People & Culture

What it was like to work with penguins on the set of Northern Rescue

Meet the avian stars of Northern Rescue, the new family drama from CBC and Netflix 
  • Mar 01, 2019
  • 602 words
  • 3 minutes
Dayo, an African penguin, sits on a tabletop where actress Taylor Thorne, in character as Taylor West, is completing homework Expand Image
Advertisement

They’re as demanding as the most pampered pop diva, but you won’t find champagne or a specific colour of M&Ms on this duo’s backstage rider — just a chilled salt-water pool and plenty of herring and capelin.

That’s because these pint-sized celebrities are African penguins. For most of the year, 10-year-old Dayo and 20-year-old Skadu can be found at their home in Sea Life Caverns, part of the Marine Life attraction at the West Edmonton Mall. But the birds make a star turn in Northern Rescue, a new family drama series streaming now on CBC Gem and Netflix.

The show follows the West family — dad John (Billy Baldwin) and kids Maddie, Scout and Taylor — as they try to pick up the pieces following the unexpected death of their mother, Sarah. On the advice of Sarah’s sister Charlotte, the family relocates from the big city to the fictional northern Ontario town of Turtle Island Bay and takes up residence in the “Aquaverse,” a run-down former theme park, where they find themselves responsible for the care of a penguin named Tux.

This presented a challenge to the show’s producers, both in terms of finding birds to portray Tux and, once the right penguins had been found, getting them to the set in Parry Sound, Ont.

“Having never worked with a penguin before, the learning curve was quite steep,” says producer David Cormican. “I started learning everything I could about penguins and what you can and can’t do with birds.”

Dayo and Skadu travelled from Edmonton by plane in a special crate, accompanied by their handlers, Cristina Castrejon and Megan Whyte. In Parry Sound, where production took over the local curling rink, they were moved into a custom-built, temperature-controlled enclosure that included a pool and a ready supply of fish.

“They basically had the nicest green room of all the stars,” says Cormican.

Taylor Thorne and Dayo the African penguin in a scene from Northern Rescue Expand Image
Taylor Thorne and Dayo the African penguin in a scene from Northern Rescue. (Photo: Peter H. Stranks)

Other accommodations had to be made to ensure the health and safety of the penguins. Teflon can be highly toxic to birds, so all cookware on set had to be carefully inspected, and Dayo and Skadu could only work a maximum of six hours per day, meaning scenes with Tux were meticulously planned and rehearsed in advance. “They were our Olsen twins,” jokes Cormican. “If one was having a bad day, we had the other one sub in.”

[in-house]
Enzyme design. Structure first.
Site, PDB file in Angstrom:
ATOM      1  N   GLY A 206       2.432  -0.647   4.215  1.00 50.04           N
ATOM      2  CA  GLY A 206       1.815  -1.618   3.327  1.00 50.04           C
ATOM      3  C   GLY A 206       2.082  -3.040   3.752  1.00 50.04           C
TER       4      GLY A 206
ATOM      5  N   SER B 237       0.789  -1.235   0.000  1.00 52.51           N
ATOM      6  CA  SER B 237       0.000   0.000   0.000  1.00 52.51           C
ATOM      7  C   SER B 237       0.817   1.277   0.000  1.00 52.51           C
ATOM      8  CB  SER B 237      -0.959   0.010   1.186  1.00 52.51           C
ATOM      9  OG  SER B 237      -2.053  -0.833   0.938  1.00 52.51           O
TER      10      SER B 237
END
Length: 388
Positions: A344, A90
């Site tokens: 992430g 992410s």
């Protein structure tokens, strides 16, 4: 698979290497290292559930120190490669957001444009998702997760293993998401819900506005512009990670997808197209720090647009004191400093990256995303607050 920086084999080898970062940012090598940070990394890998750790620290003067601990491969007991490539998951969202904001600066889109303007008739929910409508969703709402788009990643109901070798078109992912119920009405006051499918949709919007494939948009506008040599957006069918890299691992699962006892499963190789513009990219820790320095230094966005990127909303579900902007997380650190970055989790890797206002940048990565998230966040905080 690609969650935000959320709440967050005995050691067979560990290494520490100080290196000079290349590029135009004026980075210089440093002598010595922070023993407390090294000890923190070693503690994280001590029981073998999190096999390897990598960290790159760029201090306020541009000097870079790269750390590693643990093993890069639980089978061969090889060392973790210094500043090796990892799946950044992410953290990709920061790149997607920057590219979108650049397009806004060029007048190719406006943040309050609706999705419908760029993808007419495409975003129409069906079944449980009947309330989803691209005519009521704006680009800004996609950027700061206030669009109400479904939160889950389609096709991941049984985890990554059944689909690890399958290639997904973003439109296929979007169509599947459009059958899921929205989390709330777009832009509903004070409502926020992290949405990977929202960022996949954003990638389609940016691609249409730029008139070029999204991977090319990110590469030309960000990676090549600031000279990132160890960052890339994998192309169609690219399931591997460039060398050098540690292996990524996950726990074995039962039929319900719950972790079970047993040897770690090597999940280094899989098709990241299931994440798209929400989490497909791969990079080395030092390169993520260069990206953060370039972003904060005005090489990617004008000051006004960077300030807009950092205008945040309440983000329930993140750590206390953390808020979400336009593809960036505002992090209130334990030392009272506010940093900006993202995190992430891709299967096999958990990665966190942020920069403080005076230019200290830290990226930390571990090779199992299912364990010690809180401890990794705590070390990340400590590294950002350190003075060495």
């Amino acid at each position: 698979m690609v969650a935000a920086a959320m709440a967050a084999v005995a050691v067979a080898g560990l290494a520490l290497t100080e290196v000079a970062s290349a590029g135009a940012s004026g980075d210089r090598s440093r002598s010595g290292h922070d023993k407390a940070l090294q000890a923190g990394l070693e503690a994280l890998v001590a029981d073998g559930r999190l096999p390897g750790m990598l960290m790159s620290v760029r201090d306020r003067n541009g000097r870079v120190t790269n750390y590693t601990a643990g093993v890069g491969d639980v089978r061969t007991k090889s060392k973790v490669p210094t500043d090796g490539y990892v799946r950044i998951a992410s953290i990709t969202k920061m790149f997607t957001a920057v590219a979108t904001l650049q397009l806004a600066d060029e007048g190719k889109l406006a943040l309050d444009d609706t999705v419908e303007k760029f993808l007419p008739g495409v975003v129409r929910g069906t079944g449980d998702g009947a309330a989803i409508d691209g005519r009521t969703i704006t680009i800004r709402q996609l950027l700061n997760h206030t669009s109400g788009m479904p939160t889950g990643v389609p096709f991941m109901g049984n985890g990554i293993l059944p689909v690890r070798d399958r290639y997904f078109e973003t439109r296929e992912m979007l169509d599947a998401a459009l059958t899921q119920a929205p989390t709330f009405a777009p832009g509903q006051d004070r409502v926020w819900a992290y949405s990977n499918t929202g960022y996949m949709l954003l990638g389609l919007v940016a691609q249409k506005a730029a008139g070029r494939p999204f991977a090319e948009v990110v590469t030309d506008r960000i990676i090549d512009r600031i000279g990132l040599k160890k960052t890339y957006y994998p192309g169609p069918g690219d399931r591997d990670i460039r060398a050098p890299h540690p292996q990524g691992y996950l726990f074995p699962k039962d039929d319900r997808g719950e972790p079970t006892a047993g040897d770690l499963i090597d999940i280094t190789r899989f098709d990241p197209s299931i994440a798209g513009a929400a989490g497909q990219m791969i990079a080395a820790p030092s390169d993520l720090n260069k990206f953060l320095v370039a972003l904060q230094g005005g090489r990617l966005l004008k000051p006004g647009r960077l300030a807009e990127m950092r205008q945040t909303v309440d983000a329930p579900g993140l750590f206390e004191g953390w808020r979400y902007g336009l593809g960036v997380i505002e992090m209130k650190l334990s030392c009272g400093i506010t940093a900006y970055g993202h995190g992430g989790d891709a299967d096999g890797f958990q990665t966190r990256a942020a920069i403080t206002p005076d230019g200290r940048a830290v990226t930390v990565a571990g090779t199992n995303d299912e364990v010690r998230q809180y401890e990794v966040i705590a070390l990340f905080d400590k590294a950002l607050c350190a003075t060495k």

Fourteen-year-old Taylor Thorne, who plays Taylor West, had the most screen time with the penguins and says the experience of working with live birds was unforgettable.

“I’d never acted with an animal before, but I got the full experience with the penguins,” she says. “I got Dayo to make his braying noise for me, which they do when they’re bonding; it was really cute.”

And while getting a penguin to cooperate with a director’s vision might seem like an impossible task, Dayo in particular seemed to be a quick study. On one memorable day, Thorne filmed a scene with Birva Pandya, who plays Taylor’s friend Raji, and Tux.

“As soon as they finish the scene, they both get up and leave the room … and he jumped off the bed and followed us, three takes in a row!” Thorne says.

Adds Cormican, “If there’s an Oscar for penguins, it should go to Dayo.”

Related: Director Mike Clattenburg on Crawford, a comedic tribute to raccoons

Advertisement

Related Content

People & Culture

Kahkiihtwaam ee-pee-kiiweehtataahk: Bringing it back home again

The story of how a critically endangered Indigenous language can be saved

  • 6310 words
  • 26 minutes
A grizzly bear lies dead on the side of the road

Wildlife

Animal crossing: Reconnecting North America’s most important wildlife corridor

This past summer an ambitious wildlife under/overpass system broke ground in B.C. on a deadly stretch of highway just west of the Alberta border. Here’s how it happened.

  • 3625 words
  • 15 minutes
A crowd of tourist swarm on a lakeside beach in Banff National Park

Places

Smother Nature: The struggle to protect Banff National Park

In Banff National Park, Alberta, as in protected areas across the country, managers find it difficult to balance the desire of people to experience wilderness with an imperative to conserve it

  • 3507 words
  • 15 minutes

People & Culture

In search of promised lands

Uprooted repeatedly by development projects, the Oujé-Bougoumou Cree wandered boreal Quebec for 70 years before finding a permanent home. For some, the journey continues.

  • 7148 words
  • 29 minutes